BBB: Watch out for this scam when selling via Marketplace

Selling unwanted items in your home to earn extra money is easier than ever, thanks to social media platforms that offer the service. In recent years, Facebook Marketplace has grown in popularity, competing with eBay and Craigslist. But the Better Business Bureau warns that there are reports of fraudulent activity on the Marketplace site here in Kansas that uses Google Voice verification.

How verification

the scam works

For those unfamiliar with Google Voice, it’s a phone number through which you can make calls or send text messages from a web browser or mobile device. One number works across all your devices and can even be set up using one of your existing phone numbers. A scammer’s goal is to set up their own Google Voice number using your information so they can use it anonymously (or disguised as you) when trying to scam other people. .

The scam works like this:

• You place an ad trying to sell an item, or perhaps you find a lost pet.

• The scammer contacts you and claims that he just wants to verify that you are a real person first, sometimes claiming that he himself has been scammed in the past.

• They ask you to send them your phone number.

• Alternatively, they can send you a text message with a Google Voice verification code, then asking you to send that code to them, replying on the platform you listed your item on.

• They then create a Google Voice number linked to your phone number.

A scammer may be looking for a Google verification code only or may want additional information about you. Once they have enough information about you, they can access your accounts or open new ones in your name.

Do this to avoid the scam

Remember these tips to thwart the schemes of dishonest scammers:

• Protect your personal information. You don’t have to give your phone number to anyone to make a sale in the online marketplace. Never give it to someone you don’t know. Never put your phone number in public social media posts.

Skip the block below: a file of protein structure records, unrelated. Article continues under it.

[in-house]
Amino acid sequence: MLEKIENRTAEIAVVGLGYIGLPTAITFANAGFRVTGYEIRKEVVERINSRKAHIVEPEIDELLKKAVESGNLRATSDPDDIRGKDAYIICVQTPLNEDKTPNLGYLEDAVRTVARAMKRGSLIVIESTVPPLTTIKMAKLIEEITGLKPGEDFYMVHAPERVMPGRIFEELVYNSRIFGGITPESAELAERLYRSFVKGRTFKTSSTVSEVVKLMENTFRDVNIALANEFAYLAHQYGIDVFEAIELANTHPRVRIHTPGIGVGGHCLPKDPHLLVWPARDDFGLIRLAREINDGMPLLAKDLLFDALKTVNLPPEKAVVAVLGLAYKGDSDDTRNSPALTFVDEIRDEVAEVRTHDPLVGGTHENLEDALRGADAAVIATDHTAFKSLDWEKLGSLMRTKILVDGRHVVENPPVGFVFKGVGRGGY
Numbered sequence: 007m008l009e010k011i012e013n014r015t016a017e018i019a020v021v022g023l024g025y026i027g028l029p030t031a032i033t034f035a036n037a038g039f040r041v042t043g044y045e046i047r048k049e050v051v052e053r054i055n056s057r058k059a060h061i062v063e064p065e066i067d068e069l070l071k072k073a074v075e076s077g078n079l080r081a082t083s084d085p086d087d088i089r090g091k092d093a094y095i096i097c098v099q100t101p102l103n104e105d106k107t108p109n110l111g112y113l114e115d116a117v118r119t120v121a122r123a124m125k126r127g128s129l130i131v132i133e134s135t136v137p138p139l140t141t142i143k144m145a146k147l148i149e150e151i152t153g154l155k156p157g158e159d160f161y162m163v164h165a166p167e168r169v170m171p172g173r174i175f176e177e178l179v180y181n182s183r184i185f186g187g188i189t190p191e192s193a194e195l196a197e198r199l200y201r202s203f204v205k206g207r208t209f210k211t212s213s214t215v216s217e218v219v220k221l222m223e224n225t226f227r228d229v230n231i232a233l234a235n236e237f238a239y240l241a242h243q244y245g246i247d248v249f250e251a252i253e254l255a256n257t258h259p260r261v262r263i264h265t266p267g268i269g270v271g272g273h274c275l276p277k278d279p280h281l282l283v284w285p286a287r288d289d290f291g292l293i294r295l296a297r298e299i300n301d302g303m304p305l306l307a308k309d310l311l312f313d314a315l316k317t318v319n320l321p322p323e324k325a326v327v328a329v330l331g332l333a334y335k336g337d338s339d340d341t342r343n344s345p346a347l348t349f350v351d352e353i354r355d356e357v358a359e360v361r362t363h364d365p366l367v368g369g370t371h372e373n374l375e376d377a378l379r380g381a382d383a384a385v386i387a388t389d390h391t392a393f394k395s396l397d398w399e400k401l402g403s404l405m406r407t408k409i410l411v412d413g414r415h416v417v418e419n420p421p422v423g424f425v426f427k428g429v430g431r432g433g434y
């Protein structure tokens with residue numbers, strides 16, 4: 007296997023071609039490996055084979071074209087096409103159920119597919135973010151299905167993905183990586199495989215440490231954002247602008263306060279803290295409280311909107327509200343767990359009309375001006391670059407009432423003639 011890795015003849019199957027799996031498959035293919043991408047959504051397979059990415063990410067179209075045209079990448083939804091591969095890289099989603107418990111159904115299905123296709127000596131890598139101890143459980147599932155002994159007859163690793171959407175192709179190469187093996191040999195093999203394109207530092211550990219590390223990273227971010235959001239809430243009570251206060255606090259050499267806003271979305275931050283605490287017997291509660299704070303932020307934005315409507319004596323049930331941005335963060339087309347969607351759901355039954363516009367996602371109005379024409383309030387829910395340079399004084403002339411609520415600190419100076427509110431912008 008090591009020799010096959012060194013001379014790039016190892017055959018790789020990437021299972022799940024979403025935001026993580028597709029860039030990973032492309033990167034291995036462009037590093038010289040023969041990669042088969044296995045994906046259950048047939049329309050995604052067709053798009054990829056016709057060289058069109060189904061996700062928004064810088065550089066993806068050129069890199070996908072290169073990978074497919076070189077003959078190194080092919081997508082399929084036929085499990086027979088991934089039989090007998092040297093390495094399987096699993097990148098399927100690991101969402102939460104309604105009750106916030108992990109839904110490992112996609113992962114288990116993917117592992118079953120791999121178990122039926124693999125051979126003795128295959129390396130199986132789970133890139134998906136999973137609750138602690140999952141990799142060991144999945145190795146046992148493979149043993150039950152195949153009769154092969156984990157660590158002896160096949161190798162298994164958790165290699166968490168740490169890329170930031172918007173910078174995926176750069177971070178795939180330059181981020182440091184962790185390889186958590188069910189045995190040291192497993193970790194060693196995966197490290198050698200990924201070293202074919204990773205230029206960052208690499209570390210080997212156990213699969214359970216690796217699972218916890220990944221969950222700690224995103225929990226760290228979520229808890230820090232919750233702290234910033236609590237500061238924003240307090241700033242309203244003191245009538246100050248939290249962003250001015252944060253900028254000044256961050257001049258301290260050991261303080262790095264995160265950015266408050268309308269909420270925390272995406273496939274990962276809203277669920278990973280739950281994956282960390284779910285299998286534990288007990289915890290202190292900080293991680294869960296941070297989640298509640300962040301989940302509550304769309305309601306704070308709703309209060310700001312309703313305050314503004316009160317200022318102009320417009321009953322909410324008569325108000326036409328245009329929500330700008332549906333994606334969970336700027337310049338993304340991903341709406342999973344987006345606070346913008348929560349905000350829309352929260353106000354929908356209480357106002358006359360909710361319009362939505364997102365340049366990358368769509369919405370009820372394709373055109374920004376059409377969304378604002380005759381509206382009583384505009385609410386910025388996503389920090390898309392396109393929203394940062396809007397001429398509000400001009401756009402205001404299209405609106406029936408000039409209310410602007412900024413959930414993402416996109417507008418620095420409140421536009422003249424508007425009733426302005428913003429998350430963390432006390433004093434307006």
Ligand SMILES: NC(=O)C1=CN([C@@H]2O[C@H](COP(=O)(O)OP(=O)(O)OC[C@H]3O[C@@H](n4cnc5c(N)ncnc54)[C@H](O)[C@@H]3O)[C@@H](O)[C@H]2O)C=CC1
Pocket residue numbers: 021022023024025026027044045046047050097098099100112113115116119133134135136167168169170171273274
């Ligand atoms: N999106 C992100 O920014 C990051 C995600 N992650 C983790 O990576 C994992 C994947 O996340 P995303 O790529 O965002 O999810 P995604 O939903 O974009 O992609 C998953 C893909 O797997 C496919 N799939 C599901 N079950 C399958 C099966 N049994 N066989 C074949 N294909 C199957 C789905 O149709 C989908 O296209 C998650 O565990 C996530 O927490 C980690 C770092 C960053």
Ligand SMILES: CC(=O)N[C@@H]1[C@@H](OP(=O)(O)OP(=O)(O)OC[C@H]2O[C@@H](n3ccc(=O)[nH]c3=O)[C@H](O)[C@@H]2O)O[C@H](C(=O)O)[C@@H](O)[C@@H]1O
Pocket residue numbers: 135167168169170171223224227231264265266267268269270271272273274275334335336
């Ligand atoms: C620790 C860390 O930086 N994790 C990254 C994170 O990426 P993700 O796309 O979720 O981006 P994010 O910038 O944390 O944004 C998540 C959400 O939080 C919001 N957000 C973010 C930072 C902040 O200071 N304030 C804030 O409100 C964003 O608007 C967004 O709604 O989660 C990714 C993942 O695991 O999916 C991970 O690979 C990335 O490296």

• Know the red flags of a scam. A deal that sounds too good to be true is precisely too good to be true. Pressure for a quick deal should be ignored. Someone who overpays you is setting you up for a scam.

• Understand market politics. Most online marketplaces discourage any transaction outside of the platform. (Scammers often try to get you off the site to process.)

A marketplace has guidelines for verifying sellers and buyers – stick to them. This may include the use of specific payment methods. (Do not accept checks or money orders. Remember that if you deposit an NSF check, the bank will hold you responsible for any dishonour.)

If you are a victim

If you’ve ever been a victim of the Google Voice scam, you can recover your Voice number. Do an online search for “how to recover my Google Voice number” for a link provided by Google.

Report the scam to the Federal Trade Commission at Also report it to BBB Scamtracker at

For all other questions about buying and selling on Facebook Marketplace or other platforms, contact BBB at 800-856-2417 or visit the website.

About Patrick K. Moon

Check Also

The cruel trade of buying and selling lions

On August 2 this year, Safari Park Zoo in Lahore announced that it was auctioning …